Evolving Gender Quota.

Of the 70 elected Senators, 22 of them are women as compared to 2013 polls where female Senators occupied 17 seats.

The results of the March 25, 2018 Senatorial election have been proclaimed by the Constitutional Council. They were made known yesterday by the President of the Constitutional Council, Clement Atangana in a public audience at the Yaounde Conference Centre. Worthy of note is the increase in the number of seats accorded to women at the Senate.

Of the 70 elected Senators, 22 are women. This increases the number of female Senators by five given that the 2013 senatorial polls gave women 17 seats.

According to Section 150(3) of the Electoral Code, relating to the provisions specific to the election of Members of Parliament, “each list shall take into consideration the various sociological components of the constituency concerned. It shall also take into consideration gender aspects,” it states.

That clause therefore compels political parties to ensure that their lists are gender-sensitive. The gender quota is however not stated by the Code, it is therefore the discretion of the respective political parties to decide on the number of women to be invested in their respective lists.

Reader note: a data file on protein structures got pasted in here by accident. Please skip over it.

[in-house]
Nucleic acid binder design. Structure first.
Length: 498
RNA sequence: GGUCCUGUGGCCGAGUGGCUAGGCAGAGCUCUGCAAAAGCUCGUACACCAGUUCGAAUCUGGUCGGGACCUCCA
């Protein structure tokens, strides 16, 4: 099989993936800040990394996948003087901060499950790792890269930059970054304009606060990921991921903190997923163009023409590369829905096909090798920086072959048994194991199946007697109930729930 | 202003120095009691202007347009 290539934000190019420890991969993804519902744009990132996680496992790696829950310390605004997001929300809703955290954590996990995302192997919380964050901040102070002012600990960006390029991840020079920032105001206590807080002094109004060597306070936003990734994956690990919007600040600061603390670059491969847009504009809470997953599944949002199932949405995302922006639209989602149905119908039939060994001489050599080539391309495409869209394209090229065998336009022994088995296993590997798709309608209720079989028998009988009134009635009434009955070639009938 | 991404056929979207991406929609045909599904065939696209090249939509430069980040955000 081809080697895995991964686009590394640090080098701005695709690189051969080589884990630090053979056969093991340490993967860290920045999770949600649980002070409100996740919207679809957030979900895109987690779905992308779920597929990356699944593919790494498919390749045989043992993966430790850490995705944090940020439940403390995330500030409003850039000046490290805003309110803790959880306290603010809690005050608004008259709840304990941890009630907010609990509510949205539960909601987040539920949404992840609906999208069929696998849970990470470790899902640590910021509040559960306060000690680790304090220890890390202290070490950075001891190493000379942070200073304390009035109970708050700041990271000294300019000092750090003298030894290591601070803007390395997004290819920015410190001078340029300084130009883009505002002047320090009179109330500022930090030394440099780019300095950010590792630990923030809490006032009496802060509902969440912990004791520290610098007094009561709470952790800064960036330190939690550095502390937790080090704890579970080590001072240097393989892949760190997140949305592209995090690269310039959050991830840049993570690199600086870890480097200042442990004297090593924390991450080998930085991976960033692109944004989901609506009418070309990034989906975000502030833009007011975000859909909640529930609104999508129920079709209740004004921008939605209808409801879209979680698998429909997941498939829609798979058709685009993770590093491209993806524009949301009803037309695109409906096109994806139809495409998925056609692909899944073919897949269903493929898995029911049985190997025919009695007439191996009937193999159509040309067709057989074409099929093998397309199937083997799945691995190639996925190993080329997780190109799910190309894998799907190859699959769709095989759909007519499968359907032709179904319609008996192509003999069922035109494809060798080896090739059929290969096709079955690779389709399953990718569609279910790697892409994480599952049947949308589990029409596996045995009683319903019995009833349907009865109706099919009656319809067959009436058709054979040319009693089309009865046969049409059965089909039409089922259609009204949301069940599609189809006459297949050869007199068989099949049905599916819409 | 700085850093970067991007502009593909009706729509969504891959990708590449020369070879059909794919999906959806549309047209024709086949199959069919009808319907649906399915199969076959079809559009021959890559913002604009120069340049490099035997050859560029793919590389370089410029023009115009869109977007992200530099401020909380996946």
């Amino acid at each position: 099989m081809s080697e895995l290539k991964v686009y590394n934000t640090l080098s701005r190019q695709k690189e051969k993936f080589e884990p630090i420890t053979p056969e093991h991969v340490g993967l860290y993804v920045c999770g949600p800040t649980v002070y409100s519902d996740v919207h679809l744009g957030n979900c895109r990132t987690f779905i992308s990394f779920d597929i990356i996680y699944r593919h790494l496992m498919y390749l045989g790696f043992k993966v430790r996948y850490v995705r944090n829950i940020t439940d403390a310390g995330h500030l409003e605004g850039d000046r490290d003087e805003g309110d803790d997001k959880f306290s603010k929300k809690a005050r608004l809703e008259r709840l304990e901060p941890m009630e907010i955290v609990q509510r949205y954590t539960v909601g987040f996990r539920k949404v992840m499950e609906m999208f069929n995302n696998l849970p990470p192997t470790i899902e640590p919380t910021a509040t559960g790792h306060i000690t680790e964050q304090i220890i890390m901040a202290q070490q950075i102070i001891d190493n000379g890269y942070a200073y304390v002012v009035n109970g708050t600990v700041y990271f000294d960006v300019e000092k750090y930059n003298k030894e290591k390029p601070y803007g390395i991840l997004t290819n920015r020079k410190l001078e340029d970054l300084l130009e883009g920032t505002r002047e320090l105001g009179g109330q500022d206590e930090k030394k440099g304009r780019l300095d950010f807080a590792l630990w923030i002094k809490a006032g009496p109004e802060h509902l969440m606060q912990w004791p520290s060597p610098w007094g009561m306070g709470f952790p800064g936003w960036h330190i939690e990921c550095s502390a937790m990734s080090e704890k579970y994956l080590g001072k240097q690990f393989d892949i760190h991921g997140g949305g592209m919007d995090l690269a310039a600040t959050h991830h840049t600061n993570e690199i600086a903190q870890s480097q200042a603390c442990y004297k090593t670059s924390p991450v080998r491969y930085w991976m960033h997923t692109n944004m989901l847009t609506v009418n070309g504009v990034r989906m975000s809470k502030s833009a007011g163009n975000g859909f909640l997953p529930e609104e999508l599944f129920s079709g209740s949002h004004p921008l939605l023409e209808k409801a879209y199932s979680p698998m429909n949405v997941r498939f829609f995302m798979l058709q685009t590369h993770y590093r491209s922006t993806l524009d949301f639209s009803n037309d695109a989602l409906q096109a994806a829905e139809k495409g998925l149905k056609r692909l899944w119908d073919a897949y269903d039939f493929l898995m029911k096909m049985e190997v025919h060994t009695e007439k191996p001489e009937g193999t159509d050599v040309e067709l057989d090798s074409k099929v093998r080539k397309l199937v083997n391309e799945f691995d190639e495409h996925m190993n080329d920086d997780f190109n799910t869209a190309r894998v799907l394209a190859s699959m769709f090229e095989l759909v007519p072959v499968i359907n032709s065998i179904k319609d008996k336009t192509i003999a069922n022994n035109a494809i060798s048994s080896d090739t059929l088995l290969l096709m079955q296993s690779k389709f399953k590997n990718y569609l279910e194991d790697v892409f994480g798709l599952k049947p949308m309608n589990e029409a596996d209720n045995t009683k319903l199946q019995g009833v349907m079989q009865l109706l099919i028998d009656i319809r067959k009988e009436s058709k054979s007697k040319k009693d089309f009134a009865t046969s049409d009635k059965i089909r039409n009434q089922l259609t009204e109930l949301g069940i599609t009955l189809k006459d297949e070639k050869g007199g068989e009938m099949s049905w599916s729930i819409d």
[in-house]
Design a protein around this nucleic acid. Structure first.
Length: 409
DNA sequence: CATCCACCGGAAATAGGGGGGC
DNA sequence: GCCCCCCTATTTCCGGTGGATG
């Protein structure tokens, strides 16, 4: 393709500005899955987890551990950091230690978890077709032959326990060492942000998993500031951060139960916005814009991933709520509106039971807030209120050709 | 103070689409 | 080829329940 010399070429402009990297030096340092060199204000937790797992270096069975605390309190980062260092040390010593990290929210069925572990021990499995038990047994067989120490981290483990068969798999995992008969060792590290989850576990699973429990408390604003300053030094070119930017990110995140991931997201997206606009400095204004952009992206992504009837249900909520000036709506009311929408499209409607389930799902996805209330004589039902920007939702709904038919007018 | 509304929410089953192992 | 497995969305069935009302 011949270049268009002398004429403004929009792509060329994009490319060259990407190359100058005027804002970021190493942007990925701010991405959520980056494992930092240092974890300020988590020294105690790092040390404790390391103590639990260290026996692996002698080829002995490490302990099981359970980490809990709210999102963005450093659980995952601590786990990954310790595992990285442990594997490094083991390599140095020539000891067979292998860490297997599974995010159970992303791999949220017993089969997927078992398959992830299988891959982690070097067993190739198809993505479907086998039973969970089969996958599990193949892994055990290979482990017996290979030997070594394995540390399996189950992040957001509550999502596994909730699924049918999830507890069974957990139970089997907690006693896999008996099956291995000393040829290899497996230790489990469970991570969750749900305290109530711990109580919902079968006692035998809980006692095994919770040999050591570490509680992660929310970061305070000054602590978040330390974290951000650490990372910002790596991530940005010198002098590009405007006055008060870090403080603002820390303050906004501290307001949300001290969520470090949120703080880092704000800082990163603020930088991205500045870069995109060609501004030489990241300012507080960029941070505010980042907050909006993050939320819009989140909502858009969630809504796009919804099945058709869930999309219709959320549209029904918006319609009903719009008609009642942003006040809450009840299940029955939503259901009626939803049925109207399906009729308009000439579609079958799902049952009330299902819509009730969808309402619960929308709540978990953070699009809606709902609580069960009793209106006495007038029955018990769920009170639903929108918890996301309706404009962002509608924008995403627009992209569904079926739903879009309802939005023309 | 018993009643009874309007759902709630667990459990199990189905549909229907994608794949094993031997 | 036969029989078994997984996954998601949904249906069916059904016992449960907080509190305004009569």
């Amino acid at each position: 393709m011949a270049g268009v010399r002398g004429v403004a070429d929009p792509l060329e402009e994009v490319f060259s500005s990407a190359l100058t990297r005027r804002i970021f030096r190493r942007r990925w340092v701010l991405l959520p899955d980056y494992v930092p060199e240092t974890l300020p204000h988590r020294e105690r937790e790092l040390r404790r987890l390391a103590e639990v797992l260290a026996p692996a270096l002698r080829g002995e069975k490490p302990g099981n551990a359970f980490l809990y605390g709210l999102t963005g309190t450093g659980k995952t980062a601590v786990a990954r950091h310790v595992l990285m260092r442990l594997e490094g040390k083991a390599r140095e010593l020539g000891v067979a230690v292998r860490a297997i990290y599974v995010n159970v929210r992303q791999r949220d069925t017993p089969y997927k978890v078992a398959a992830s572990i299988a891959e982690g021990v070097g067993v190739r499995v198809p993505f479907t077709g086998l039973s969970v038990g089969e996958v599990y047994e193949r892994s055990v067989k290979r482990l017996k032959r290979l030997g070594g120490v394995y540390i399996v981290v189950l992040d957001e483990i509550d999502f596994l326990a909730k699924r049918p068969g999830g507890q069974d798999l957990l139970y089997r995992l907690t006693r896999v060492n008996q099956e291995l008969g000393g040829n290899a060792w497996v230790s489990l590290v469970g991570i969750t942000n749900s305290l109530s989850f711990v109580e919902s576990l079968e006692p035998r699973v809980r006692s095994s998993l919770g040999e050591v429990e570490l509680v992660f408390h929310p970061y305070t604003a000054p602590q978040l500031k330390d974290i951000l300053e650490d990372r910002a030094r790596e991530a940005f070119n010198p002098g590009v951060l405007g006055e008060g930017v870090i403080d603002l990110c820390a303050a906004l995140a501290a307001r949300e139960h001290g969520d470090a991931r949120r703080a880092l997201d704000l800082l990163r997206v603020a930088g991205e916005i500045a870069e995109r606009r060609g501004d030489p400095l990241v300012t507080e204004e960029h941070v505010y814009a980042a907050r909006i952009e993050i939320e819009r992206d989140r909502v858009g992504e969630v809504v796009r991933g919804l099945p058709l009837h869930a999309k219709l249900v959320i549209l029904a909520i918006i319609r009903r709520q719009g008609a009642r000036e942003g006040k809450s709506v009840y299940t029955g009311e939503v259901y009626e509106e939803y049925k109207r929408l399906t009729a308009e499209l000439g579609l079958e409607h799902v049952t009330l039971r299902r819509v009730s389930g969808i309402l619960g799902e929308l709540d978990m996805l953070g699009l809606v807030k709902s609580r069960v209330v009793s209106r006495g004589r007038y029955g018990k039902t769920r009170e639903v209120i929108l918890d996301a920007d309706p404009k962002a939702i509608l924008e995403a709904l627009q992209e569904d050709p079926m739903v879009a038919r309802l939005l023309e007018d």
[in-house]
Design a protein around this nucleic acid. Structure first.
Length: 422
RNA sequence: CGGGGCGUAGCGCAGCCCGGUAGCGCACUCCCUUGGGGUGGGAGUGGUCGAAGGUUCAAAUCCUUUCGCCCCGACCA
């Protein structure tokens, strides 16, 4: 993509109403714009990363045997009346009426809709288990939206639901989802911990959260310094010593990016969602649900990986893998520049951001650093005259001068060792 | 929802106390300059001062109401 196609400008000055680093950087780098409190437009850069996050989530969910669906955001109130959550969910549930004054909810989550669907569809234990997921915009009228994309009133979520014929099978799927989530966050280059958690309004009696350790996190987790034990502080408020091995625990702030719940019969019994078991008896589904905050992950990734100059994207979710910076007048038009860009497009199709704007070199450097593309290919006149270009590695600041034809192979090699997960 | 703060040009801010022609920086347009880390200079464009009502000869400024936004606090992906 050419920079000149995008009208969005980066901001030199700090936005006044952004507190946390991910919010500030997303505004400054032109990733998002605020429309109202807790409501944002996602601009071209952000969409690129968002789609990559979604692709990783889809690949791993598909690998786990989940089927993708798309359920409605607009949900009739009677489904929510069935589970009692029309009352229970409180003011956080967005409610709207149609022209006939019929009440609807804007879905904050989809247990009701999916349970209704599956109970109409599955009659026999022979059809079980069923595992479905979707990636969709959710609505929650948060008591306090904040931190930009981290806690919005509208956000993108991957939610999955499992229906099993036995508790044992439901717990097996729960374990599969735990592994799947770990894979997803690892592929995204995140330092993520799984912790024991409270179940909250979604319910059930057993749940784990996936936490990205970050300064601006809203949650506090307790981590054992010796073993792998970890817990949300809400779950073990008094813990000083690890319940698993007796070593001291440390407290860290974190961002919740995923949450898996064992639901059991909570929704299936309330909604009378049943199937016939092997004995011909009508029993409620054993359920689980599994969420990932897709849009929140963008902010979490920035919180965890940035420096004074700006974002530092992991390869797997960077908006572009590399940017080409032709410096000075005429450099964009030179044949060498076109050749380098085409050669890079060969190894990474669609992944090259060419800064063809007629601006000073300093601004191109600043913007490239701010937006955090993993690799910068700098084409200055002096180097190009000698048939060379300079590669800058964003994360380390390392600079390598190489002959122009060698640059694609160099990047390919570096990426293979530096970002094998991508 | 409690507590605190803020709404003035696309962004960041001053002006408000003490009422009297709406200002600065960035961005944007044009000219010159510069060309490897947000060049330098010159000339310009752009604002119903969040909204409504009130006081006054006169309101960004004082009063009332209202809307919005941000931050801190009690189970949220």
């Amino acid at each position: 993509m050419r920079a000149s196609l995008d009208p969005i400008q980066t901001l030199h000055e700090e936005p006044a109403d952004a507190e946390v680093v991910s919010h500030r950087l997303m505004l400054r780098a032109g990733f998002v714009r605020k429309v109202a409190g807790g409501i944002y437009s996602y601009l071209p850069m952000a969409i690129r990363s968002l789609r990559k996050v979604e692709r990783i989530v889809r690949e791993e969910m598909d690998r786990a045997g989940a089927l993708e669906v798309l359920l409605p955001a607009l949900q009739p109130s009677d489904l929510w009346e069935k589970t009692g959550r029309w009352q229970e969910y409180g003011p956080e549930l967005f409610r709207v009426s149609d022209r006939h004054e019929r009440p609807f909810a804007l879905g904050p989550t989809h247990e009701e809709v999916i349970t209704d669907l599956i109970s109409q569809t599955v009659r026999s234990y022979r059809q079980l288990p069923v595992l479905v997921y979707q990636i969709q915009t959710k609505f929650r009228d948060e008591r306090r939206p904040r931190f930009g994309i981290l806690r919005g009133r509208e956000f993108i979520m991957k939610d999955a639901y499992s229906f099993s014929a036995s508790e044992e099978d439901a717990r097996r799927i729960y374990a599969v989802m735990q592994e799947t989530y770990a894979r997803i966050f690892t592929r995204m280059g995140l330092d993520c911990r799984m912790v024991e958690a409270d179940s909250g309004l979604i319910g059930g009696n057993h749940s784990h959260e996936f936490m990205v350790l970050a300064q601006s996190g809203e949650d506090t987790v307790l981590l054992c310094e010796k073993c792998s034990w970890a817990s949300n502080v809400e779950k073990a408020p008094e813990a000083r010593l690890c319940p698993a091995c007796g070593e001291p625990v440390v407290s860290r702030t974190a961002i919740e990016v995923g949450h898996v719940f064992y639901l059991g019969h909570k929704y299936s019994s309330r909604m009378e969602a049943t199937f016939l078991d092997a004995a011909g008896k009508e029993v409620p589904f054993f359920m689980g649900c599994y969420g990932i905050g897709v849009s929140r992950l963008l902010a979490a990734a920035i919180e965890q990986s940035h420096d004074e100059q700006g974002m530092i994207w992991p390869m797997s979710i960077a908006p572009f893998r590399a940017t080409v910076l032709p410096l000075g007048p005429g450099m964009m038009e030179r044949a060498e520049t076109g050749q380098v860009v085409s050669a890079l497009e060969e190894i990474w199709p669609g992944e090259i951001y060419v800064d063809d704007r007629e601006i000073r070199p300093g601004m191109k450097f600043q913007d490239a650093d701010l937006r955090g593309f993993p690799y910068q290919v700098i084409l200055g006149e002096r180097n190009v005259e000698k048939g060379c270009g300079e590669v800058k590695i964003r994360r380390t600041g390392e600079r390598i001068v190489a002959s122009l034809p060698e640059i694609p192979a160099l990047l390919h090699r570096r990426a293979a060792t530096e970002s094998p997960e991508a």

Comparative statistics indicate that the Adamawa, Centre, Littoral and West Regions have additional female candidates on their lists as compared to 2013. Meanwhile, the East and Littoral Regions invested the highest number of female Senators, with their list having three women each. In addition, two female Senators are list heads in the North West and Littoral.

Nkeze Emilia Kalebong of the Social Democratic Front (SDF) and Hanglog Géneviève épse Tjous of the Cameroon People’s Democratic Movement (CPDM) are list heads in the North West and Littoral Regions respectively.

With the proclamation of the results by the Constitutional Council, the President of the Republic is expected to appoint 30 others within ten days as stated in Section 214(1) of the Electoral Code in order to make up the 100 Senators.

On that basis, it is expected that the number of female Senators will scale up given that in his last appointment, he considered gender prerogatives which witnessed the appointment of Marylse Aboui of the National Alliance for Democracy and Progress (ANDP) amongst others.

The increasing number of women in the Senate has been lauded by several observers and civil society organisations who champion the course of gender issues.